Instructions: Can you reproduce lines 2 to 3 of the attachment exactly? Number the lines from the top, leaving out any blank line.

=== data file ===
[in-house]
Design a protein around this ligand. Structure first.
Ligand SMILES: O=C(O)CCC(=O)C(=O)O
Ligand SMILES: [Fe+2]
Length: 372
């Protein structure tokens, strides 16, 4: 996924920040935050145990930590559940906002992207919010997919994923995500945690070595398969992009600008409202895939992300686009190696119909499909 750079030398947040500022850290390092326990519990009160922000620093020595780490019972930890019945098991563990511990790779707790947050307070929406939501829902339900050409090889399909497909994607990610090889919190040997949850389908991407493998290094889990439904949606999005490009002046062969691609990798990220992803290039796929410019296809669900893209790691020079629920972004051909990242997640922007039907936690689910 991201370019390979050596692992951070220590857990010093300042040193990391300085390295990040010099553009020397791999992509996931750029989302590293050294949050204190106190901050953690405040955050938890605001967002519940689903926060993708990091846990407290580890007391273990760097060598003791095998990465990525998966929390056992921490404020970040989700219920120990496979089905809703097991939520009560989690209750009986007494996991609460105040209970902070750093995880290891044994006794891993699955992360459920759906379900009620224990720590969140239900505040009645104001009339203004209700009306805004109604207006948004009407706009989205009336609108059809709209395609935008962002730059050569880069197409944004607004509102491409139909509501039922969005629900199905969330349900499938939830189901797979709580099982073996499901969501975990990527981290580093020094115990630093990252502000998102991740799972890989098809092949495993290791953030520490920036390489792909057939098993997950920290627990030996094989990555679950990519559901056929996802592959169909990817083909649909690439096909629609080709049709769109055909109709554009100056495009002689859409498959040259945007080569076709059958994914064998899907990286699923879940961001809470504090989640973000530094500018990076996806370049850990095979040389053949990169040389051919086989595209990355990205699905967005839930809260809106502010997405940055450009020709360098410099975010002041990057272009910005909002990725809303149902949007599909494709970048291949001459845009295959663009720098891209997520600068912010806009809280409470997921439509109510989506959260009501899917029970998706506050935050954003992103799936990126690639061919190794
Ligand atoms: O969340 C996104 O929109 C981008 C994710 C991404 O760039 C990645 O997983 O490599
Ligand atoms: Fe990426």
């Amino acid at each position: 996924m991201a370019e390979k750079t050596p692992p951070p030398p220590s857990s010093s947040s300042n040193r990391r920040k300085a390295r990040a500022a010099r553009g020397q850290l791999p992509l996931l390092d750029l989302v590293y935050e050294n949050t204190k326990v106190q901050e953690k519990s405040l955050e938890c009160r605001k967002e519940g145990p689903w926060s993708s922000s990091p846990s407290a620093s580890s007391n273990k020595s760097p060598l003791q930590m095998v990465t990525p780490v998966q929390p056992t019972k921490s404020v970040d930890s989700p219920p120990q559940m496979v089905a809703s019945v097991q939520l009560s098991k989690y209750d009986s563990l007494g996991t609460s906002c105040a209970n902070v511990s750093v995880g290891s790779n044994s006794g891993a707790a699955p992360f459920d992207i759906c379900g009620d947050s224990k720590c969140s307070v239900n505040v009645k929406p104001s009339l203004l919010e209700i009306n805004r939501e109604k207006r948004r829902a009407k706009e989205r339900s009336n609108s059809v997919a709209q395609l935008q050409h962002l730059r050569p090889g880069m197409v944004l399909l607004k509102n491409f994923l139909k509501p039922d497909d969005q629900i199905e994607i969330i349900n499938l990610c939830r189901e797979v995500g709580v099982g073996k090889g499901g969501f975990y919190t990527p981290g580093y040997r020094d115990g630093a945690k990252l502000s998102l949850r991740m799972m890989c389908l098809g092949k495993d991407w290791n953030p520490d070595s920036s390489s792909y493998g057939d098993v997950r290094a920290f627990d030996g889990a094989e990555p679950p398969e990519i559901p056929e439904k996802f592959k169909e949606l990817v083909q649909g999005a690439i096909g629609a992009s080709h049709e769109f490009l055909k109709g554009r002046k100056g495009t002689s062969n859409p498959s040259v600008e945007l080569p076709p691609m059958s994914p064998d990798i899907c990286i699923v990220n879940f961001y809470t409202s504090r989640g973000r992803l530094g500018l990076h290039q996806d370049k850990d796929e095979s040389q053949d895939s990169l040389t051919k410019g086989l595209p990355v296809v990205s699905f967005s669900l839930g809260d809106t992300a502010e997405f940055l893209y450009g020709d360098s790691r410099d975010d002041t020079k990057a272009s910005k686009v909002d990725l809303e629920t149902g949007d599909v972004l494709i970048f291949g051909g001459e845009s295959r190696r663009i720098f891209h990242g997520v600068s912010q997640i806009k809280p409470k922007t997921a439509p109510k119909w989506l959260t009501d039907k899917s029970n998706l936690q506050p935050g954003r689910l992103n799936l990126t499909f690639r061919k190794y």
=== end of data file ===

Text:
Design a protein around this ligand. Structure first.
Ligand SMILES: O=C(O)CCC(=O)C(=O)O